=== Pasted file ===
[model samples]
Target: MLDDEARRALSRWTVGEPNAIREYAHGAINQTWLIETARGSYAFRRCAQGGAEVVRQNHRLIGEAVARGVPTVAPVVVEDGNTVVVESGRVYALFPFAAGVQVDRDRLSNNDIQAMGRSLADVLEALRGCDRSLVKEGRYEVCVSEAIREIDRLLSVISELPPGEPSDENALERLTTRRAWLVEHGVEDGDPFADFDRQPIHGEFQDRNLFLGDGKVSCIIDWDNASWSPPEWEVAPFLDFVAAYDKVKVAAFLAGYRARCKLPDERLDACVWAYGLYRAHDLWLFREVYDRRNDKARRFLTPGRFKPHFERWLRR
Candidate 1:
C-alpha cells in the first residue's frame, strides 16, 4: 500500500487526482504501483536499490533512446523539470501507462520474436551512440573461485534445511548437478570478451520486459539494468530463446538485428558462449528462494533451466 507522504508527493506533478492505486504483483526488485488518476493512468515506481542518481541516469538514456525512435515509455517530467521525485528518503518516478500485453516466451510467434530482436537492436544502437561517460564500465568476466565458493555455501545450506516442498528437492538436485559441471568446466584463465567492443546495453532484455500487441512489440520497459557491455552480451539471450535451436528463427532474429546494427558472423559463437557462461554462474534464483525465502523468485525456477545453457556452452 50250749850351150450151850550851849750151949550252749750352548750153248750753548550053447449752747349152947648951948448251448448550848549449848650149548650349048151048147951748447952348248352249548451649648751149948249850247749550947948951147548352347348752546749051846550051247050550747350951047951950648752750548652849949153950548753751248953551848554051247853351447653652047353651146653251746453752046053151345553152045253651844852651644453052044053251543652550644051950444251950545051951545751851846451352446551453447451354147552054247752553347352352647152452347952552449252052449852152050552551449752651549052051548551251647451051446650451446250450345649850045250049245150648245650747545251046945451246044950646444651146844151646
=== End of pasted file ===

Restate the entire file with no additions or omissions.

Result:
[model samples]
Target: MLDDEARRALSRWTVGEPNAIREYAHGAINQTWLIETARGSYAFRRCAQGGAEVVRQNHRLIGEAVARGVPTVAPVVVEDGNTVVVESGRVYALFPFAAGVQVDRDRLSNNDIQAMGRSLADVLEALRGCDRSLVKEGRYEVCVSEAIREIDRLLSVISELPPGEPSDENALERLTTRRAWLVEHGVEDGDPFADFDRQPIHGEFQDRNLFLGDGKVSCIIDWDNASWSPPEWEVAPFLDFVAAYDKVKVAAFLAGYRARCKLPDERLDACVWAYGLYRAHDLWLFREVYDRRNDKARRFLTPGRFKPHFERWLRR
Candidate 1:
C-alpha cells in the first residue's frame, strides 16, 4: 500500500487526482504501483536499490533512446523539470501507462520474436551512440573461485534445511548437478570478451520486459539494468530463446538485428558462449528462494533451466 507522504508527493506533478492505486504483483526488485488518476493512468515506481542518481541516469538514456525512435515509455517530467521525485528518503518516478500485453516466451510467434530482436537492436544502437561517460564500465568476466565458493555455501545450506516442498528437492538436485559441471568446466584463465567492443546495453532484455500487441512489440520497459557491455552480451539471450535451436528463427532474429546494427558472423559463437557462461554462474534464483525465502523468485525456477545453457556452452 50250749850351150450151850550851849750151949550252749750352548750153248750753548550053447449752747349152947648951948448251448448550848549449848650149548650349048151048147951748447952348248352249548451649648751149948249850247749550947948951147548352347348752546749051846550051247050550747350951047951950648752750548652849949153950548753751248953551848554051247853351447653652047353651146653251746453752046053151345553152045253651844852651644453052044053251543652550644051950444251950545051951545751851846451352446551453447451354147552054247752553347352352647152452347952552449252052449852152050552551449752651549052051548551251647451051446650451446250450345649850045250049245150648245650747545251046945451246044950646444651146844151646